Social Justice 2.0: Ushering In A New Era Of Philanthropy

Levi Strauss & Co.
September 24, 2014

Transformation is tricky. Especially when it involves social change. It’s often risky, complex, challenging and messy. However, the potential rewards are bigger, bolder and more impactful than sticking to the status quo. The Levi Strauss Foundation recognized the opportunity for transformative social change within both the social justice space and the traditional grantmaking processes that support it.

So, the foundation set out on a mission to design a new model that would help social justice organizations move from a “1.0” model to a more “2.0” world. In doing so, LSF wanted to redefine the relationship between the foundation and grantees, while also supporting next-generation social justice leaders in their efforts to transform their organizations and thrive in a social media space.

The Pioneers in Justice initiative reflects this vision. This five-year effort, which began in 2010, is helping leaders from five of the Bay Area’s leading social justice non-profits scale their impact by investing in capacity building and supporting new ways of working.

The PIJ program represents a significant investment for LSF. To date, the foundation has invested over $3.0 million in the program, representing almost 20 percent of its overall giving.

“Our sense of purpose was to be the first-movers in helping take these organizations to a 2.0 level,” says LSF’s executive director Daniel Lee. “We wanted to fire on every cylinder and try everything we could.”

5 Lessons Learned from the PIJ Initiative
Last year, at the midpoint of the five-year program, LSF decided it was time to pause, assess, capture and share its emerging lessons with the larger social justice and philanthropic fields. It commissioned social impact expert and author Heather McLeod Grant to develop a case study outlining the initiative to date.

The report, recently published by LSF, examines the progress made and lessons learned along the way. The report contains a variety of key findings about the ways in which 2.0 organizations will operate and adapt. It found 2.0 organizations will:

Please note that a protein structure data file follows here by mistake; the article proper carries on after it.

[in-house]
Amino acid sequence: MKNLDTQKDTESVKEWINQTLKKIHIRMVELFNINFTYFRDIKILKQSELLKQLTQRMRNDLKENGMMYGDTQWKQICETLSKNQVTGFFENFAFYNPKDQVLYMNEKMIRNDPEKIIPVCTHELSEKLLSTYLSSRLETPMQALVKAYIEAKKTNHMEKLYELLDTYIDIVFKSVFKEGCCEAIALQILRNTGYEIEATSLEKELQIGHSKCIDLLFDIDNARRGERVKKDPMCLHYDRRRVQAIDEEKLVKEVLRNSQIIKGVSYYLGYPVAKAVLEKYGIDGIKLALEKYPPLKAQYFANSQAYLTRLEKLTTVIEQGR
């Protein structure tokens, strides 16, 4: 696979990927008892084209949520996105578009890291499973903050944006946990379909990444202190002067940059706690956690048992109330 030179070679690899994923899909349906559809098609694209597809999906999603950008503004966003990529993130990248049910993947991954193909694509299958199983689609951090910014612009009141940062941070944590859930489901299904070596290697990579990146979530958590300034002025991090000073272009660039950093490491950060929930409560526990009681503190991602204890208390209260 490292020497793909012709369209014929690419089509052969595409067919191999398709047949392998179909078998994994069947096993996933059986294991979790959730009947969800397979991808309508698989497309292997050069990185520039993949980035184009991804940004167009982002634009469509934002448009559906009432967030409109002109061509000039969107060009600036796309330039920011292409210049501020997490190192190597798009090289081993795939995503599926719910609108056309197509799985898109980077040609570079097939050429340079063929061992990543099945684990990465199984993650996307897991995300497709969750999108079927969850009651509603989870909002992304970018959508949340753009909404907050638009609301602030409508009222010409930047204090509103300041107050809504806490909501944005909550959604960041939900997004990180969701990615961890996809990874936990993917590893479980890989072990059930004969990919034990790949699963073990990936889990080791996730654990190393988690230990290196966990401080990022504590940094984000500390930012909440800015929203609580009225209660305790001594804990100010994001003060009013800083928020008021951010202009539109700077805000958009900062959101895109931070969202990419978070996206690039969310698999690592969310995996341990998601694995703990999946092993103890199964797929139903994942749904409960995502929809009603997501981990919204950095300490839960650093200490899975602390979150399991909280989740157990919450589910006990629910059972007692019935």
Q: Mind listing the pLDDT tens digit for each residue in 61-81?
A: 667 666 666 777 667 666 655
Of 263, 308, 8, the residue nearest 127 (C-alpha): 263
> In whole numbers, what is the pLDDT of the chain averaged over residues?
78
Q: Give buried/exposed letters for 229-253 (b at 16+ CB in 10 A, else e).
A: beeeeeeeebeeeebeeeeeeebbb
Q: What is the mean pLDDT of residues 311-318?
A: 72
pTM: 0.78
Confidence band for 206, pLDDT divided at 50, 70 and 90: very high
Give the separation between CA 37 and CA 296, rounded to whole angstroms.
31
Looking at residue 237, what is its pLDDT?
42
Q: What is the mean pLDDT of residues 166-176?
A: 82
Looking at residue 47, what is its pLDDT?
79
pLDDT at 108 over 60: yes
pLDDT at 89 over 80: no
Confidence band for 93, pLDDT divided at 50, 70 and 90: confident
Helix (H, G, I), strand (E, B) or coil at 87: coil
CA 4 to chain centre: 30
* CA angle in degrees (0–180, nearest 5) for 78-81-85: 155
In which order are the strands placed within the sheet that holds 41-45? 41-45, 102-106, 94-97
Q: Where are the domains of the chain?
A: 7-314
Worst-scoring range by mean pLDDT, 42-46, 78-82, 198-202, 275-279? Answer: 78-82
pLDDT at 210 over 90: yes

1. Understand social media success requires trial and error. The initial phase of the PIJ program has focused on helping the Pioneers establish a social media infrastructure and presence, and run small experiments to find what works (and equally important, what doesn’t). The Pioneers quickly learned the importance of setting realistic expectations for social media success. Rather than the viral wins some Pioneers expected to see, they’ve learned that success is a “slow burn” achieved through steady progress and reaching the right constituents.
  2. Try new leadership models. In the past, it was common for executive directors of social justice organizations to stay at their jobs for 20+ years. This created a natural tendency for the leaders to become the “figurehead” for the organization. Now, nonprofit leaders change jobs on average every four to five years, and many are seeking more balance between their personal and professional lives. To better meet their needs, 2.0 organizations need to consider new and more sustainable ways of working, which may include options such as co-leading.
  3. Embrace internal and external change. Change is perhaps the only constant on which 2.0 organizations can rely. They are called upon to shift the way they think and act. For many, this means becoming more nimble in terms of structure and processes — and not getting trapped in “the way we’ve always done things.”
  4. Work in more networked ways. To keep up with the pace of change and maximize their value, nonprofits will have to change the way they make connections both internally and externally. This can take a variety of forms, from collaborating in unprecedented ways with “unlikely allies” to engaging more directly with constituents and connecting them to broader advocacy campaigns.
  5. Use technology to build social movements. Social movements aren’t a new concept, but enabling technologies are helping accelerate the success of these movements. 2.0 organizations have a keen understanding of how to use social networks to target new demographics and markets, and activate existing supports in order to accelerate their impact.

Pioneers in Justice still has miles to go before it’s completed, but already it’s taught the Foundation valuable lessons about how to support social justice leaders and make a greater impact – in short, equipping these Pioneers to navigate modern frontiers.

To learn more about the initiative, including details on key learnings and interviews with the Pioneers, read the full case study, Pioneers in Justice: Building Networks and Movements for Social Change.


Photo credit: University of the Fraser Vally via Flickr CC